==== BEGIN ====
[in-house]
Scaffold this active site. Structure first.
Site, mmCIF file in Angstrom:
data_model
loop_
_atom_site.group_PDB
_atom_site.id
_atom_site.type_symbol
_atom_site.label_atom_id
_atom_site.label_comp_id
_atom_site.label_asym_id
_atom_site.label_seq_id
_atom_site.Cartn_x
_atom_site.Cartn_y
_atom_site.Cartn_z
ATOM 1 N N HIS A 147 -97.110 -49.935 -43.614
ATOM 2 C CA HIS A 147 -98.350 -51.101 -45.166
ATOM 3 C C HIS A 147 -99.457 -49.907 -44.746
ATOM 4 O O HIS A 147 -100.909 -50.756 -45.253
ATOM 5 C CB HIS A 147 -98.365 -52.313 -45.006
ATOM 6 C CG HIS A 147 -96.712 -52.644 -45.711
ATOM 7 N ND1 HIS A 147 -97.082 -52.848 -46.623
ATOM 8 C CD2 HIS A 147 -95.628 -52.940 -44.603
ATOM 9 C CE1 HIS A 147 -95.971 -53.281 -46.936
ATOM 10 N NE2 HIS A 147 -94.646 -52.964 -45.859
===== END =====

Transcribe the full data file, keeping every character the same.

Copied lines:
[in-house]
Scaffold this active site. Structure first.
Site, mmCIF file in Angstrom:
data_model
loop_
_atom_site.group_PDB
_atom_site.id
_atom_site.type_symbol
_atom_site.label_atom_id
_atom_site.label_comp_id
_atom_site.label_asym_id
_atom_site.label_seq_id
_atom_site.Cartn_x
_atom_site.Cartn_y
_atom_site.Cartn_z
ATOM 1 N N HIS A 147 -97.110 -49.935 -43.614
ATOM 2 C CA HIS A 147 -98.350 -51.101 -45.166
ATOM 3 C C HIS A 147 -99.457 -49.907 -44.746
ATOM 4 O O HIS A 147 -100.909 -50.756 -45.253
ATOM 5 C CB HIS A 147 -98.365 -52.313 -45.006
ATOM 6 C CG HIS A 147 -96.712 -52.644 -45.711
ATOM 7 N ND1 HIS A 147 -97.082 -52.848 -46.623
ATOM 8 C CD2 HIS A 147 -95.628 -52.940 -44.603
ATOM 9 C CE1 HIS A 147 -95.971 -53.281 -46.936
ATOM 10 N NE2 HIS A 147 -94.646 -52.964 -45.859